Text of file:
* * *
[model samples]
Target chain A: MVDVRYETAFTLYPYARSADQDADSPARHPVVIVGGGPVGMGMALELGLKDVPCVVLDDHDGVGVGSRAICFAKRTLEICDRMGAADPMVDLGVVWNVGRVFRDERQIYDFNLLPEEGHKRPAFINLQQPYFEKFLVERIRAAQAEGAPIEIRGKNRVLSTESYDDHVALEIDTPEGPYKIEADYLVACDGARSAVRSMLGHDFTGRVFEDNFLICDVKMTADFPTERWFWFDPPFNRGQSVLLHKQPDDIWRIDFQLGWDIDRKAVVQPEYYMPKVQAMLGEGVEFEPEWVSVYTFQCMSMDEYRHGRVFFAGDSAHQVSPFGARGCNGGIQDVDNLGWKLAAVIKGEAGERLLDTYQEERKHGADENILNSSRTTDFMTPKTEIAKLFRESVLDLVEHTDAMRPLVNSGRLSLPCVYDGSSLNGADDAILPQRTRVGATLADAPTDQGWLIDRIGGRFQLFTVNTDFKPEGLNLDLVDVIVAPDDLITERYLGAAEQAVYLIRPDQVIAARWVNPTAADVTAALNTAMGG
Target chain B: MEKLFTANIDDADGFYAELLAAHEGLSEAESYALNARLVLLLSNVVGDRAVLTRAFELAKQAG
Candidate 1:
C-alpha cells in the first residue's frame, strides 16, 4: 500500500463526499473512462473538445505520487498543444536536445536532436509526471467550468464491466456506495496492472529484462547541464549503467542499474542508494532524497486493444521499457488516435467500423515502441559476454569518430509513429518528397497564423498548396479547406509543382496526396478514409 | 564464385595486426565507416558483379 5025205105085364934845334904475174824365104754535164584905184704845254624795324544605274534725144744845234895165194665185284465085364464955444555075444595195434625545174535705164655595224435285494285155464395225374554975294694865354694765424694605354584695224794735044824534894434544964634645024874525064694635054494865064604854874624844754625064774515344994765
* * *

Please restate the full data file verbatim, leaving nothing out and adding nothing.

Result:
[model samples]
Target chain A: MVDVRYETAFTLYPYARSADQDADSPARHPVVIVGGGPVGMGMALELGLKDVPCVVLDDHDGVGVGSRAICFAKRTLEICDRMGAADPMVDLGVVWNVGRVFRDERQIYDFNLLPEEGHKRPAFINLQQPYFEKFLVERIRAAQAEGAPIEIRGKNRVLSTESYDDHVALEIDTPEGPYKIEADYLVACDGARSAVRSMLGHDFTGRVFEDNFLICDVKMTADFPTERWFWFDPPFNRGQSVLLHKQPDDIWRIDFQLGWDIDRKAVVQPEYYMPKVQAMLGEGVEFEPEWVSVYTFQCMSMDEYRHGRVFFAGDSAHQVSPFGARGCNGGIQDVDNLGWKLAAVIKGEAGERLLDTYQEERKHGADENILNSSRTTDFMTPKTEIAKLFRESVLDLVEHTDAMRPLVNSGRLSLPCVYDGSSLNGADDAILPQRTRVGATLADAPTDQGWLIDRIGGRFQLFTVNTDFKPEGLNLDLVDVIVAPDDLITERYLGAAEQAVYLIRPDQVIAARWVNPTAADVTAALNTAMGG
Target chain B: MEKLFTANIDDADGFYAELLAAHEGLSEAESYALNARLVLLLSNVVGDRAVLTRAFELAKQAG
Candidate 1:
C-alpha cells in the first residue's frame, strides 16, 4: 500500500463526499473512462473538445505520487498543444536536445536532436509526471467550468464491466456506495496492472529484462547541464549503467542499474542508494532524497486493444521499457488516435467500423515502441559476454569518430509513429518528397497564423498548396479547406509543382496526396478514409 | 564464385595486426565507416558483379 5025205105085364934845334904475174824365104754535164584905184704845254624795324544605274534725144744845234895165194665185284465085364464955444555075444595195434625545174535705164655595224435285494285155464395225374554975294694865354694765424694605354584695224794735044824534894434544964634645024874525064694635054494865064604854874624844754625064774515344994765